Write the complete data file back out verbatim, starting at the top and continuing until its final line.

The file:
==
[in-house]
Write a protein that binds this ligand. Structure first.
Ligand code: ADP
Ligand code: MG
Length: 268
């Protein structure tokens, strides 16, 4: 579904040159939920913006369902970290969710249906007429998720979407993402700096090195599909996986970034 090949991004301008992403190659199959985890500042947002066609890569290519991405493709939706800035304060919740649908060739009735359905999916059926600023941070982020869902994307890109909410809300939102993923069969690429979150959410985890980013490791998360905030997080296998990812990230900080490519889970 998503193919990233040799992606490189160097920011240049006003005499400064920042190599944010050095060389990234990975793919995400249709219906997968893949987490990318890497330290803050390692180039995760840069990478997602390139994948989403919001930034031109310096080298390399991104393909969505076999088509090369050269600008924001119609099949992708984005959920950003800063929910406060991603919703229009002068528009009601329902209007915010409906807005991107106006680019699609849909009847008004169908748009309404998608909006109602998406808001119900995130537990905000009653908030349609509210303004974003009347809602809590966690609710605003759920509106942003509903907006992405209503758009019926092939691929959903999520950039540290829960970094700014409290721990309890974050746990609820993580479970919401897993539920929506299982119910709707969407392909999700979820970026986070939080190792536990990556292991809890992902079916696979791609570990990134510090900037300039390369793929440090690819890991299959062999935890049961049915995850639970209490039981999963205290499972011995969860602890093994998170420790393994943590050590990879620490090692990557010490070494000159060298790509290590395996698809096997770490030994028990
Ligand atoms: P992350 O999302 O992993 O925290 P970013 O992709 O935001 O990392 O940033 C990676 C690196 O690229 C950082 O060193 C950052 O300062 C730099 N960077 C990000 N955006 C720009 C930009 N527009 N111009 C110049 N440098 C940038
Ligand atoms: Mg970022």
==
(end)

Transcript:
[in-house]
Write a protein that binds this ligand. Structure first.
Ligand code: ADP
Ligand code: MG
Length: 268
């Protein structure tokens, strides 16, 4: 579904040159939920913006369902970290969710249906007429998720979407993402700096090195599909996986970034 090949991004301008992403190659199959985890500042947002066609890569290519991405493709939706800035304060919740649908060739009735359905999916059926600023941070982020869902994307890109909410809300939102993923069969690429979150959410985890980013490791998360905030997080296998990812990230900080490519889970 998503193919990233040799992606490189160097920011240049006003005499400064920042190599944010050095060389990234990975793919995400249709219906997968893949987490990318890497330290803050390692180039995760840069990478997602390139994948989403919001930034031109310096080298390399991104393909969505076999088509090369050269600008924001119609099949992708984005959920950003800063929910406060991603919703229009002068528009009601329902209007915010409906807005991107106006680019699609849909009847008004169908748009309404998608909006109602998406808001119900995130537990905000009653908030349609509210303004974003009347809602809590966690609710605003759920509106942003509903907006992405209503758009019926092939691929959903999520950039540290829960970094700014409290721990309890974050746990609820993580479970919401897993539920929506299982119910709707969407392909999700979820970026986070939080190792536990990556292991809890992902079916696979791609570990990134510090900037300039390369793929440090690819890991299959062999935890049961049915995850639970209490039981999963205290499972011995969860602890093994998170420790393994943590050590990879620490090692990557010490070494000159060298790509290590395996698809096997770490030994028990
Ligand atoms: P992350 O999302 O992993 O925290 P970013 O992709 O935001 O990392 O940033 C990676 C690196 O690229 C950082 O060193 C950052 O300062 C730099 N960077 C990000 N955006 C720009 C930009 N527009 N111009 C110049 N440098 C940038
Ligand atoms: Mg970022």